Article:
We discover that our time is not our own. We only want to experience going to the bathroom by ourselves, without them banging on the door, crying for food, comfort, attention, amusement... for just five freaking minutes.
     We cannot remember what it's like to take a shower alone. Exhausted, we feel guilty for loving them most easily when they are sleeping.
     They grow larger, more beautiful, more amazing... they take our breath away.
     They drive us batty.
     The memes we share on Facebook speak of our common understanding and our common frustration.
     We open our mouths, and our mothers come out.
     We roll our eyes together and nod in shared understanding: 15-year-olds should take over the government quickly, while they still know everything.
     Our shared love of the video of the lady singing to her daughter to the tune of the William Tell Overture will never fade, not even when we are grandmothers.
     Only then, we will laugh softly together at how our grandchildren are carrying on the tradition, and how we are coming out of the mouths of our daughters.
     And we will marvel at the nearly painful sweetness of watching our babies holding and teaching and crying over their babies...
     Like Russian nesting dolls, we will always be holding people inside ourselves.

If you haven't seen this, you must: The Mom Song to William Tell Overture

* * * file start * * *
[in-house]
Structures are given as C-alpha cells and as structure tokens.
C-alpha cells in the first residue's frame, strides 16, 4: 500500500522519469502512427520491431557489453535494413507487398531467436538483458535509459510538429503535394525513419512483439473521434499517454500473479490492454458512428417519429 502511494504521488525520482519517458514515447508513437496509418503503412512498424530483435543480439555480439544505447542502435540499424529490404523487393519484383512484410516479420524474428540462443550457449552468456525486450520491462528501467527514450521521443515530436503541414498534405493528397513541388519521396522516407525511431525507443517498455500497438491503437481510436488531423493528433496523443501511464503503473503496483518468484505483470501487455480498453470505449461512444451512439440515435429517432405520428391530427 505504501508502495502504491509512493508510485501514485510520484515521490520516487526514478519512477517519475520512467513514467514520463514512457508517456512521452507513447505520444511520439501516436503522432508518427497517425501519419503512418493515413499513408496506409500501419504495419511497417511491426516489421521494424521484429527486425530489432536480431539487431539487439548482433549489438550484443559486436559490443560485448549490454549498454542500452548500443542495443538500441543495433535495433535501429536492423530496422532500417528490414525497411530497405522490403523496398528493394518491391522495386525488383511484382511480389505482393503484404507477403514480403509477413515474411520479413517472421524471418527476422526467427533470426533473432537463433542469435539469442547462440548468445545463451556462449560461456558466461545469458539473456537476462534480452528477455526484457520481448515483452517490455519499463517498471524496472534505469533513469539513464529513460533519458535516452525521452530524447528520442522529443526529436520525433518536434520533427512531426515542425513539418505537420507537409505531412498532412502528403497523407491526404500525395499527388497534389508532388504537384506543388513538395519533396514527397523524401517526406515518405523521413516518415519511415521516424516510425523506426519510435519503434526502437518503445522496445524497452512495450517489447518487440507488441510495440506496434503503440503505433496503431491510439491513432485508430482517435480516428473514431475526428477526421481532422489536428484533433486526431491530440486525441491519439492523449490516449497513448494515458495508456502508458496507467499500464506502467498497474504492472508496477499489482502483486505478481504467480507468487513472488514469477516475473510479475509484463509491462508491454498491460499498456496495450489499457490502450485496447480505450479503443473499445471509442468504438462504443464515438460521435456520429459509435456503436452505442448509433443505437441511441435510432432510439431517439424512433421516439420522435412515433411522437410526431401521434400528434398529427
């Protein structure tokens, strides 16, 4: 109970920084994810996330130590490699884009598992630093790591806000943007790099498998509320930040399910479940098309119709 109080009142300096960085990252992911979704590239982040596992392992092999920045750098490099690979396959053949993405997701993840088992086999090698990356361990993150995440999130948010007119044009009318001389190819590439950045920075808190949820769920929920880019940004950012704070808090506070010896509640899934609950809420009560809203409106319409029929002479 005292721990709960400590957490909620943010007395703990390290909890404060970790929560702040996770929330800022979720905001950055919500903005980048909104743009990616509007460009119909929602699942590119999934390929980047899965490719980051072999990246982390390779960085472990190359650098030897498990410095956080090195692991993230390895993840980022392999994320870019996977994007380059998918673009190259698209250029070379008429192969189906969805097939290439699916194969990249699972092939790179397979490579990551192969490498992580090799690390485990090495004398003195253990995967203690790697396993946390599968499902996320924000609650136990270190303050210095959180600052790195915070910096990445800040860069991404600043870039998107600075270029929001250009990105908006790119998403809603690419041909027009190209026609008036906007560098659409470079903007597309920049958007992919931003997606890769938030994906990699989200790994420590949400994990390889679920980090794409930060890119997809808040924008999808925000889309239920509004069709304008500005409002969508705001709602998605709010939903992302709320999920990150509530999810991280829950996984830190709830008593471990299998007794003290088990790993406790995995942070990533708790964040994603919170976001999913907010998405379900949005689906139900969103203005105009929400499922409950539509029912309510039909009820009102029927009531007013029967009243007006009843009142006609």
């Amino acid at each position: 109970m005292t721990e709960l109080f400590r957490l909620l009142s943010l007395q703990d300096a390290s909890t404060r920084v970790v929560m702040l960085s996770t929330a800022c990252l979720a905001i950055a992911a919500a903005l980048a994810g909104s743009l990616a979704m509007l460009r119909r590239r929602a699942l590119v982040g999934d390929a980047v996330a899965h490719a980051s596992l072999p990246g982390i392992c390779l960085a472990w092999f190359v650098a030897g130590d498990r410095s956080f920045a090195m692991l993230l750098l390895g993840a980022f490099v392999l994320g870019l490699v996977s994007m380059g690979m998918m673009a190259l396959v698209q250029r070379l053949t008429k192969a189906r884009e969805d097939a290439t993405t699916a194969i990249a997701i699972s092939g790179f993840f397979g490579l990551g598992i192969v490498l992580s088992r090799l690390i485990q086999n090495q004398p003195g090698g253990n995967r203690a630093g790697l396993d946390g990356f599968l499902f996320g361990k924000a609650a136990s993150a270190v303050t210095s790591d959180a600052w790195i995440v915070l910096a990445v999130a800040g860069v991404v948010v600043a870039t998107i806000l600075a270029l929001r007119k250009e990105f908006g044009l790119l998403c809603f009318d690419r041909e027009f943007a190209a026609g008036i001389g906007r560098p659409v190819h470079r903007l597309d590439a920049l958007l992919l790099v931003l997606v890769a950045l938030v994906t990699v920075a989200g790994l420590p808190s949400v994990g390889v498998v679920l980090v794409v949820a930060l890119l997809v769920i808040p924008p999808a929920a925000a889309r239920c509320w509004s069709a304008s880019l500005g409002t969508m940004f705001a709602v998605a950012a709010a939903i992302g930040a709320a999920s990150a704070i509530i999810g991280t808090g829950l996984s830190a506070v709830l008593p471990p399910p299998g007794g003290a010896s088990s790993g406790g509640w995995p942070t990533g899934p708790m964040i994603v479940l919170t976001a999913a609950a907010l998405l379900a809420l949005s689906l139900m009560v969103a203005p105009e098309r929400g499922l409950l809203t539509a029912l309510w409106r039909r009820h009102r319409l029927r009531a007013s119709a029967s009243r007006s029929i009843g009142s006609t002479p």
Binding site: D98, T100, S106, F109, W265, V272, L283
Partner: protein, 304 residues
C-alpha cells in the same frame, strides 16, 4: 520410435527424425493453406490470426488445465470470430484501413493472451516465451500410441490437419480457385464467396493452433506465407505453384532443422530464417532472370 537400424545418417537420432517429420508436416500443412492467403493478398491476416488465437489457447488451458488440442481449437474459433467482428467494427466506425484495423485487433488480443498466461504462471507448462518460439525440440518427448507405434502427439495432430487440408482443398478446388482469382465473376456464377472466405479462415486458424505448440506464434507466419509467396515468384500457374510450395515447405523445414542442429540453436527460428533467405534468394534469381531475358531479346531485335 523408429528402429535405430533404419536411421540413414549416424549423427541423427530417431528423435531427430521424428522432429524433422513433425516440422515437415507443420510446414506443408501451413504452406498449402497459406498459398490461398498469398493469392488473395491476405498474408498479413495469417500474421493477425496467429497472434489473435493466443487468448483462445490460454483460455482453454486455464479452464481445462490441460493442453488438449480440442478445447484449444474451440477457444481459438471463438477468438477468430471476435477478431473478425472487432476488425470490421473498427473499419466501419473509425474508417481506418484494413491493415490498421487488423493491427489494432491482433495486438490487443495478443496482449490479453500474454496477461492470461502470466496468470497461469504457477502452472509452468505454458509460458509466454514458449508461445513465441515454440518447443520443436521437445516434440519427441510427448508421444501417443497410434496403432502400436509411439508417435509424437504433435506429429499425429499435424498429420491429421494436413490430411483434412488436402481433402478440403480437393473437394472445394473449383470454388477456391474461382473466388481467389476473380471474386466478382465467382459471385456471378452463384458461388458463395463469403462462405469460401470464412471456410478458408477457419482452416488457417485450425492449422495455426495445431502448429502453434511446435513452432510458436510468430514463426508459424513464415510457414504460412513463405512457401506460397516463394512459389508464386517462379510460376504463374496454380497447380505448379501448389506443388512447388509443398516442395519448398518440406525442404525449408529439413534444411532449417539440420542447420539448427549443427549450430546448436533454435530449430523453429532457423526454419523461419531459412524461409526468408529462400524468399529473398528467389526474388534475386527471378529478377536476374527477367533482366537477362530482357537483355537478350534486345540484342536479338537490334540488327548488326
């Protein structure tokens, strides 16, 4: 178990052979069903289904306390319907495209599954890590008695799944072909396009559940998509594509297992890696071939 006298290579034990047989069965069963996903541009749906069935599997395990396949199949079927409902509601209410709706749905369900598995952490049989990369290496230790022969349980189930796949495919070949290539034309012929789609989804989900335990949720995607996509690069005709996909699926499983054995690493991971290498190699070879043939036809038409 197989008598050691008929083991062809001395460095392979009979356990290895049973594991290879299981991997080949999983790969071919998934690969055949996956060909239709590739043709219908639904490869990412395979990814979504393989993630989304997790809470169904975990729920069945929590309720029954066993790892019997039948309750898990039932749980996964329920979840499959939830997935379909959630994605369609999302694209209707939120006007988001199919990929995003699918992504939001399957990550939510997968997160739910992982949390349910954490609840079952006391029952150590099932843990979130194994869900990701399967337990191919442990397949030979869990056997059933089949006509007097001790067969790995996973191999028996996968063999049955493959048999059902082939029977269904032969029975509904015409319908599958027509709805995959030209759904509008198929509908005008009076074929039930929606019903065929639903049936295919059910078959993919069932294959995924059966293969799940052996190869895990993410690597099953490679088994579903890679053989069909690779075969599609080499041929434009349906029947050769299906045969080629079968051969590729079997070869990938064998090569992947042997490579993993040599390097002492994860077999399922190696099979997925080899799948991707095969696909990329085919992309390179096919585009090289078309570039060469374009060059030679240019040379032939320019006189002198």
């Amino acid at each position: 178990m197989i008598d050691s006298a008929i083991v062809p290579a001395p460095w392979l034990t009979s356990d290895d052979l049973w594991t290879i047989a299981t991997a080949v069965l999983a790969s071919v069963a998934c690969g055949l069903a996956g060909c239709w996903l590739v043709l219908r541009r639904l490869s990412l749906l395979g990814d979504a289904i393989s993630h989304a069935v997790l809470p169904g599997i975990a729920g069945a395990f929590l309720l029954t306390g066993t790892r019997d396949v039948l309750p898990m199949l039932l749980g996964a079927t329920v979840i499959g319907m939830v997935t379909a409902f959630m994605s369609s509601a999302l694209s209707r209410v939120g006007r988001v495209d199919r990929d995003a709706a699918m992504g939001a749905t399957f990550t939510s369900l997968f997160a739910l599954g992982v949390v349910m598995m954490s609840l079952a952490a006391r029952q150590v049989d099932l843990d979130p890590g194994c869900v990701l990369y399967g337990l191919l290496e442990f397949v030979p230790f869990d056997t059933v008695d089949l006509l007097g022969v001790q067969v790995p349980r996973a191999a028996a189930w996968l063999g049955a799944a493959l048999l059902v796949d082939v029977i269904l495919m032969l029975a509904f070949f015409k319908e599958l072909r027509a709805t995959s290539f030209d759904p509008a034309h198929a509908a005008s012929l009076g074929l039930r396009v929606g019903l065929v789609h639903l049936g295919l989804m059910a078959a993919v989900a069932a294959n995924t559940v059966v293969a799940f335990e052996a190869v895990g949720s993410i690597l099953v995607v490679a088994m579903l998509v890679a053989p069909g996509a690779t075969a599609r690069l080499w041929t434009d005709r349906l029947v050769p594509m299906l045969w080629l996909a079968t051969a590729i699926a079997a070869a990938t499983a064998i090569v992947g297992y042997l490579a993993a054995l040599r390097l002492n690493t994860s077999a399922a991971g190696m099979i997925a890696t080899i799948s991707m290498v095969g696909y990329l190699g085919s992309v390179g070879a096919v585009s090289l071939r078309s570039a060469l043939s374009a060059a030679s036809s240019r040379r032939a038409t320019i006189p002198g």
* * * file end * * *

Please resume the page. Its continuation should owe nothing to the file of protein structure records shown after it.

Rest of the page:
Thursday, September 20, 2018

During the Worst of Times, the Best of Times: Live Like You Were Dying

On the non-Jewish calendar, today is my 61st birthday.

Last week was the saddest of times. The 45-year-old father of four, Ari Fuld, Hy"d, was murdered. While grocery shopping. For being a Jew in the Holy Land. I cried a lot during Yom Kippur, for a young widow and four orphans. I cried for a Jewish people who had lost a hero, a man whose passion for Israel, for the Jewish people, for Zionism, for teaching Torah, was unquenchable and inspirational to countless people around the world. He was also a teacher of self-defense to men, women, and children. And my heart broke for them: if the Lion of Zion could be taken down, who couldn't be? Who could feel safe at a shopping center ostensibly designed to show the world that coexistence is possible, when some shoppers believe that it's okay to stab a man in the back?

But from the little that I personally knew of Ari, I believe the best tribute I can give him is to continue living. In Israel. Proudly Jewish. Proudly Zionist.

My sons arranged for the best birthday present I have ever received, and a wonderful tribute to LIFE. They took me skydiving.

This was actually the bachelor party for my son that was postponed due to weather. (He's been married for just over two years. Spoiler alert: marrying her was a great idea.) Dani told his buddies that this was the day to give it another go, and that they'd have one more attendee. While none of my other sons could participate due to the demands of work, they paid for my ticket, sent supportive comments throughout the day, and cheered at the end as if Moms had climbed Everest.